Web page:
I don't know about you, but I will think twice about buying an appliance from a company who's repair van has to warn of frequent stops.

Posted by: Stephen Macklin at 06:09 PM | No Comments | Add Comment


December 12, 2008

Trusting Their Judgment

I have been less than generous is my opinion of the Detroit automakers appealing for a Federal Bailout. I have been less than generous with my opinion of the companies and their executives. Now it's Congress's turn.

After the first session of Corporate jet facilitated begging Congress sent the auto execs packing. This may be the first - and last - thing they got right in this entire economic crisis. They told them go back to your executive suites and work up a plan for how you plan to use the government's money to save your businesses.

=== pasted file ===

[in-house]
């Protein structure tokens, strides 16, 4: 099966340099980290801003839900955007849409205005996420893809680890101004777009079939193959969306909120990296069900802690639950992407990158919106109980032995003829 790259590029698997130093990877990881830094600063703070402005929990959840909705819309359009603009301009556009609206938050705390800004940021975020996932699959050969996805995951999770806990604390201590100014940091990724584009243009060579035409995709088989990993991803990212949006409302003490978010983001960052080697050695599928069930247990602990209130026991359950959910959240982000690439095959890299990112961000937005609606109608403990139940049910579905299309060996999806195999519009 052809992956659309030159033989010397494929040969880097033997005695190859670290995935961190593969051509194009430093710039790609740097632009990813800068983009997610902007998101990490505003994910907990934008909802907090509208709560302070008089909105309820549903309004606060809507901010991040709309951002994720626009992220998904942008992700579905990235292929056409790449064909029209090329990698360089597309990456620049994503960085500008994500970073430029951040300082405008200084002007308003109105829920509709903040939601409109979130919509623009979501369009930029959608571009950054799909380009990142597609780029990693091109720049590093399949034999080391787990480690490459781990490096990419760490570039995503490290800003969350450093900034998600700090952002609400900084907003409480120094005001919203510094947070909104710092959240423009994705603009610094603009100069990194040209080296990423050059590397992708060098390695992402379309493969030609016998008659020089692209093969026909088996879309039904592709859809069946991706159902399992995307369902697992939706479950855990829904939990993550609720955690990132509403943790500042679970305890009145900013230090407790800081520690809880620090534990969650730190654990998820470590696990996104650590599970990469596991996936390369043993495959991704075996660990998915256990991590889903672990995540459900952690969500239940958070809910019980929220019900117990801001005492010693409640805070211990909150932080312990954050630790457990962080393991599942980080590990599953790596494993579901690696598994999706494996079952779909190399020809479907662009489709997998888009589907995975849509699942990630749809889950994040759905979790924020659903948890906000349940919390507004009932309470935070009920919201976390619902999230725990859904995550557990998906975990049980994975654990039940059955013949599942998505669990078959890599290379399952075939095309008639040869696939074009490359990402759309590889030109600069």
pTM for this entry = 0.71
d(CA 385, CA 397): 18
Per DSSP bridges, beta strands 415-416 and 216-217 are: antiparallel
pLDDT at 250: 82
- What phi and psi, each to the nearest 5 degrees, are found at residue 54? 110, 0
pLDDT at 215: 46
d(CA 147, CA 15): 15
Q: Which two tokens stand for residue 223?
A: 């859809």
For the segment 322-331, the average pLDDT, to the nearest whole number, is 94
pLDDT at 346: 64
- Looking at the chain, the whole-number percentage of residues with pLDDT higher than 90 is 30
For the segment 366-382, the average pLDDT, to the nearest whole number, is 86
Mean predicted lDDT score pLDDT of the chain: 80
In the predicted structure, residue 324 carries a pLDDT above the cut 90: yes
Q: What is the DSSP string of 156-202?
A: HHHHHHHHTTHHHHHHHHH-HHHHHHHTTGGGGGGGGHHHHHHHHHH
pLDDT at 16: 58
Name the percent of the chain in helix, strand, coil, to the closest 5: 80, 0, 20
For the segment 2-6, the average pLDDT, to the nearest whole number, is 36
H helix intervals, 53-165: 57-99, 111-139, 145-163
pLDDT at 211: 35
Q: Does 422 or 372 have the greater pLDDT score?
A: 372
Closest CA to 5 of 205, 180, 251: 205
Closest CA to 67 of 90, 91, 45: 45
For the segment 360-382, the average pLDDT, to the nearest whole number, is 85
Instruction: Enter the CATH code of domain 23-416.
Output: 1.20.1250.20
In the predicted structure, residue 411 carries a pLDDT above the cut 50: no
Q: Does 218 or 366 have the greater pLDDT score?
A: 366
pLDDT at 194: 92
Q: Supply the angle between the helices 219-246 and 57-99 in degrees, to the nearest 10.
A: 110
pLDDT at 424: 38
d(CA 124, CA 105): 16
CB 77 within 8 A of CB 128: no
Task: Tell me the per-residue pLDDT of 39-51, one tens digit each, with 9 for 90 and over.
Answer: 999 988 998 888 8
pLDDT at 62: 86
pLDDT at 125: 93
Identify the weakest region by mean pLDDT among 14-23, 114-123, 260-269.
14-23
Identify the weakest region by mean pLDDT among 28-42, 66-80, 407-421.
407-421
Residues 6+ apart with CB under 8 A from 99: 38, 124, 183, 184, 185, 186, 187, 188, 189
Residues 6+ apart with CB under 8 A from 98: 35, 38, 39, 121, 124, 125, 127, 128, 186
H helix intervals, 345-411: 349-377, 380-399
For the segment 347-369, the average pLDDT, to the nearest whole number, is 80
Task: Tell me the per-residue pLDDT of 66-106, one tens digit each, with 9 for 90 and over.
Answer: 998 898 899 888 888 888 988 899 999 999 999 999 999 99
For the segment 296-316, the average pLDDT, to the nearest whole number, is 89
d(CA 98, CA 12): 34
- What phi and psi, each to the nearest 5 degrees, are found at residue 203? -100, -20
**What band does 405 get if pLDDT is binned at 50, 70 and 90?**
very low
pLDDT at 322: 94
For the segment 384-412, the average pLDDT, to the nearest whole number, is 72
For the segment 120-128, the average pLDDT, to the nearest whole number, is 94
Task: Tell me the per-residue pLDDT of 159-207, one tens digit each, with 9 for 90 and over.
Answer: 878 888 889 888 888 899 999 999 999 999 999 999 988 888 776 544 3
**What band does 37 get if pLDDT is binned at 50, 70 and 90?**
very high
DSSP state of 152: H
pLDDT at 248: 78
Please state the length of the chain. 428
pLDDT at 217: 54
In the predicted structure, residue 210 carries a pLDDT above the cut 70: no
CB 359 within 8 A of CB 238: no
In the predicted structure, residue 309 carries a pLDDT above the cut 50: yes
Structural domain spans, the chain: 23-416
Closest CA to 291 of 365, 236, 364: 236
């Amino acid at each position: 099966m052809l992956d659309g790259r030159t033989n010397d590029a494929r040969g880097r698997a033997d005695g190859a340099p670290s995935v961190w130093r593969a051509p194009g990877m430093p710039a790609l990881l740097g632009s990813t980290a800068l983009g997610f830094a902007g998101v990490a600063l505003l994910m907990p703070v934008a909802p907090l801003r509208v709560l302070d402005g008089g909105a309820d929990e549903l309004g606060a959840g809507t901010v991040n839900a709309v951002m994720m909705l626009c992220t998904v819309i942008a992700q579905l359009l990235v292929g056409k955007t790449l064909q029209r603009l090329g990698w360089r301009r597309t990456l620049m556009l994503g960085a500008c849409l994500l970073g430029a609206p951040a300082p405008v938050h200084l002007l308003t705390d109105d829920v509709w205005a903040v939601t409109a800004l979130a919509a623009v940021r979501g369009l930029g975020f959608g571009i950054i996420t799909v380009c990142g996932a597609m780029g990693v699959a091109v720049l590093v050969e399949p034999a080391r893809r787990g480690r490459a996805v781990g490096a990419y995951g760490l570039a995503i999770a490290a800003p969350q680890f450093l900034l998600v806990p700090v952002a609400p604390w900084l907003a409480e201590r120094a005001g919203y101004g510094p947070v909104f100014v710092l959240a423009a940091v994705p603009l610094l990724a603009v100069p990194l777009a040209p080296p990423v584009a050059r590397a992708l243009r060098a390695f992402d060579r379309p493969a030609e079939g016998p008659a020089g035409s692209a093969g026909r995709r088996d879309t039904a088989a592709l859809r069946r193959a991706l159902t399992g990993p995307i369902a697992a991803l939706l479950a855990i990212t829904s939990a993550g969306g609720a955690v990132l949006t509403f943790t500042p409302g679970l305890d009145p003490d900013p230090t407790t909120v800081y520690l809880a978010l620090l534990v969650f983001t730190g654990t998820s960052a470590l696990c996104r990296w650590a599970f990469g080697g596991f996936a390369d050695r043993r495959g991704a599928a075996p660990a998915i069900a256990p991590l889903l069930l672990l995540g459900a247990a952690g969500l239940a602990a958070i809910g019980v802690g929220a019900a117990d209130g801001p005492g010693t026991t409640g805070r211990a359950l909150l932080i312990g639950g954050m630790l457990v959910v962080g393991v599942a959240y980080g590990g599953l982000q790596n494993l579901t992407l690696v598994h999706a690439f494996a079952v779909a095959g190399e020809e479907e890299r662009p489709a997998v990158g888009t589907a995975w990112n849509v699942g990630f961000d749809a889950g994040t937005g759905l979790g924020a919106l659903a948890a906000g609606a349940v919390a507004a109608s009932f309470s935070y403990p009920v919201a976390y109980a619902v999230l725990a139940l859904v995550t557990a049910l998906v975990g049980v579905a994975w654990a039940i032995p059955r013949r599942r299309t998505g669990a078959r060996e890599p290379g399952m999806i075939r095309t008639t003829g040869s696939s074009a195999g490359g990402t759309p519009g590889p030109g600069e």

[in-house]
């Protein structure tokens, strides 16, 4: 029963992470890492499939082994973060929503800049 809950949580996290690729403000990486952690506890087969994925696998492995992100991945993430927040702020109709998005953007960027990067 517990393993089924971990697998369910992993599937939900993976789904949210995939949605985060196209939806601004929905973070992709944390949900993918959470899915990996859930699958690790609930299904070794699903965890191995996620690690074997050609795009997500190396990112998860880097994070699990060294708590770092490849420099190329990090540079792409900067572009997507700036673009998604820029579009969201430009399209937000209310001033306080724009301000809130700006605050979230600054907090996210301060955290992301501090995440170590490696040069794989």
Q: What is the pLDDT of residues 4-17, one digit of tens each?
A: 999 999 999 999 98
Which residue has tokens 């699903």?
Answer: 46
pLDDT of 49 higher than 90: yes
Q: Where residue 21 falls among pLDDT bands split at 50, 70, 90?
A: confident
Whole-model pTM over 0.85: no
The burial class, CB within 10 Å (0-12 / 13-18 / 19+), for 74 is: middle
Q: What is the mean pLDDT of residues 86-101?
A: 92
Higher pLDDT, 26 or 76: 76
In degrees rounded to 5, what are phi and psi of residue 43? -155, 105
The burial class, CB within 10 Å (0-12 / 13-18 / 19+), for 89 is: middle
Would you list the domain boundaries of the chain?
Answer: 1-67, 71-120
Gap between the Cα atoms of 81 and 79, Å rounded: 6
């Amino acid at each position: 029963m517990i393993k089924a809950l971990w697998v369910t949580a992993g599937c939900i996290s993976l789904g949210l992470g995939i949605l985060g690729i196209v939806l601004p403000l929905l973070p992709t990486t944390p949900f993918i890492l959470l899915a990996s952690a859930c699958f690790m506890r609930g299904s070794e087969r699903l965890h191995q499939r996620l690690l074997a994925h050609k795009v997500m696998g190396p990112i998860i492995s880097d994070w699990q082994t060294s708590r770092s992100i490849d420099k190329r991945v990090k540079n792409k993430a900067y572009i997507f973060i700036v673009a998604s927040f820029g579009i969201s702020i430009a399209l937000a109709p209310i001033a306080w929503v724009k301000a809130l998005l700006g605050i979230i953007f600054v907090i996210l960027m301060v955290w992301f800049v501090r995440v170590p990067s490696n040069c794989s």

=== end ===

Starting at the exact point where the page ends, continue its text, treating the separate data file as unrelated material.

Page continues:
So the executives flew back to Detroit and had their people write up some plans. Then they headed back to Washington, wisely deciding that begging from a corporate jet wasn't going to help their cause, they decided to drive. Once they arrived they went to hearings and more hearings and presented their plans to congress.

Here's the problem. How many people are there in Congress who are competent enough to pass judgment on the viability of the business plan of a large multi-national corporation? For that matter, how many people are there in congress who are competent to pass judgement on the business plan for a fourth grade bake sale?

Remember, this is the same group of morons whose policies got us into this mess in the first place. And this is the same bunch of financial wizards who handed Bush and Paulson $350 billion and said go forth and bail however you see fit.

We're going to trust their judgement on how good someone's business plan is?

What about the executive branch? Based on his past record of business successes are we going trust W to determine if the plans are any good?